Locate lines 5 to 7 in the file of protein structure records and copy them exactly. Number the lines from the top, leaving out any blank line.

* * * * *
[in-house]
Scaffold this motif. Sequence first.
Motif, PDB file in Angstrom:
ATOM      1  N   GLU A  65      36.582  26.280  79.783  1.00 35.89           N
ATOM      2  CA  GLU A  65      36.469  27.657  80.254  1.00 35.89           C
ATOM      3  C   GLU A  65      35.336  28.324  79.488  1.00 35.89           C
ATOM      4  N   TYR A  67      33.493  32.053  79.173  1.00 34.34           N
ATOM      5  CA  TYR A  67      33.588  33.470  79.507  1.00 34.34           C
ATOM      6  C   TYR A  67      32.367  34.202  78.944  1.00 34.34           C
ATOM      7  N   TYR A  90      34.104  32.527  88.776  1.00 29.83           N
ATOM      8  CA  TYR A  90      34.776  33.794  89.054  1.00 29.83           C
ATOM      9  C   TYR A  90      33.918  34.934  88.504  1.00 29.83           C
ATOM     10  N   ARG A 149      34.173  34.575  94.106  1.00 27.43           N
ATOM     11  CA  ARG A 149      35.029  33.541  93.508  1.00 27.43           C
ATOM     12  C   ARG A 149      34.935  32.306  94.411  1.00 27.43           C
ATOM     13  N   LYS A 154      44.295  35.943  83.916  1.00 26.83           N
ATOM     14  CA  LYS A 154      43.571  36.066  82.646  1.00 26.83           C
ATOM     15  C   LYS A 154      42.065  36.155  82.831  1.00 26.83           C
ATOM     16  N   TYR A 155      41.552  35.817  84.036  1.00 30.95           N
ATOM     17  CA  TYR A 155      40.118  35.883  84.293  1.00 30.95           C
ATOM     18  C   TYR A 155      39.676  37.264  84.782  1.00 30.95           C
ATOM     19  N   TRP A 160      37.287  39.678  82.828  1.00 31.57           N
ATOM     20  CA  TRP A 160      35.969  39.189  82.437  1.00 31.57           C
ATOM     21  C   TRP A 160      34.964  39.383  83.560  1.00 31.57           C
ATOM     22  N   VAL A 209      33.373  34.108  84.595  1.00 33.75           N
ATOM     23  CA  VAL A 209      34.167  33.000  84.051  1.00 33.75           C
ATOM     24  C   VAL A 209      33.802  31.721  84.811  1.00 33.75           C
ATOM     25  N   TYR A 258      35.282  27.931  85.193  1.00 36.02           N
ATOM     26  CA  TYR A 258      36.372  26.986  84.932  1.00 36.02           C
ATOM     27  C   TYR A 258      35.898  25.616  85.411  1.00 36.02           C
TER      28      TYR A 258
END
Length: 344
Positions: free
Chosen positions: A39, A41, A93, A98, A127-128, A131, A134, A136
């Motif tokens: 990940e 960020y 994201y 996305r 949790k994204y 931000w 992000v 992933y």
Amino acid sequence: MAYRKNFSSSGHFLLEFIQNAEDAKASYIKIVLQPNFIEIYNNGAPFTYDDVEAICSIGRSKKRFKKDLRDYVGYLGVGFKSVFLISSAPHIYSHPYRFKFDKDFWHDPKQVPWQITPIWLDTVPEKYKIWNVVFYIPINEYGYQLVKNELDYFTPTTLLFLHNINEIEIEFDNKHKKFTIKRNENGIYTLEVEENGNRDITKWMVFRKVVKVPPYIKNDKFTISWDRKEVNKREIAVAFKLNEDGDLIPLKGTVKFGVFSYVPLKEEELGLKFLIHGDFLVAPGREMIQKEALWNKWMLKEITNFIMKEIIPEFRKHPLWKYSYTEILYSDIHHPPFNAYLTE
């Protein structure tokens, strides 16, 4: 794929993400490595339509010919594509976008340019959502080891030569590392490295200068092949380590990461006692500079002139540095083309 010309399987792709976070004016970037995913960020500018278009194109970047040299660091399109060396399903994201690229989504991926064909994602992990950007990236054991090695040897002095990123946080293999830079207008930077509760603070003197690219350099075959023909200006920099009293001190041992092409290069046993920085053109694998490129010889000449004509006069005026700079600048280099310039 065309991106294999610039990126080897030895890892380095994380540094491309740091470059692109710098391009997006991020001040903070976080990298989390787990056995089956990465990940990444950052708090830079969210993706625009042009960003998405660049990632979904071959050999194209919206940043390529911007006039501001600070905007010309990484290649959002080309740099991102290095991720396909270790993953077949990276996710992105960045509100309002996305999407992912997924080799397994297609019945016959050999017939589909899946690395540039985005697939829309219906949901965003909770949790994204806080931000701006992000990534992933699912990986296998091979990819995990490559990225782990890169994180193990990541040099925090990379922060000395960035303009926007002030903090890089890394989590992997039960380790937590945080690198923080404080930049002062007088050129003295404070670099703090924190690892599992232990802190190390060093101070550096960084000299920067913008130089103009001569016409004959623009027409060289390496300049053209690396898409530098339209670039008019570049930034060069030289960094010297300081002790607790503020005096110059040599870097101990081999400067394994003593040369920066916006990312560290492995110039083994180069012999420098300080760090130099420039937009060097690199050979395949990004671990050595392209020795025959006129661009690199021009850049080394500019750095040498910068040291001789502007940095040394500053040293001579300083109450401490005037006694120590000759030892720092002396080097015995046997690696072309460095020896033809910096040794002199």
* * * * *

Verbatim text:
ATOM      2  CA  GLU A  65      36.469  27.657  80.254  1.00 35.89           C
ATOM      3  C   GLU A  65      35.336  28.324  79.488  1.00 35.89           C
ATOM      4  N   TYR A  67      33.493  32.053  79.173  1.00 34.34           N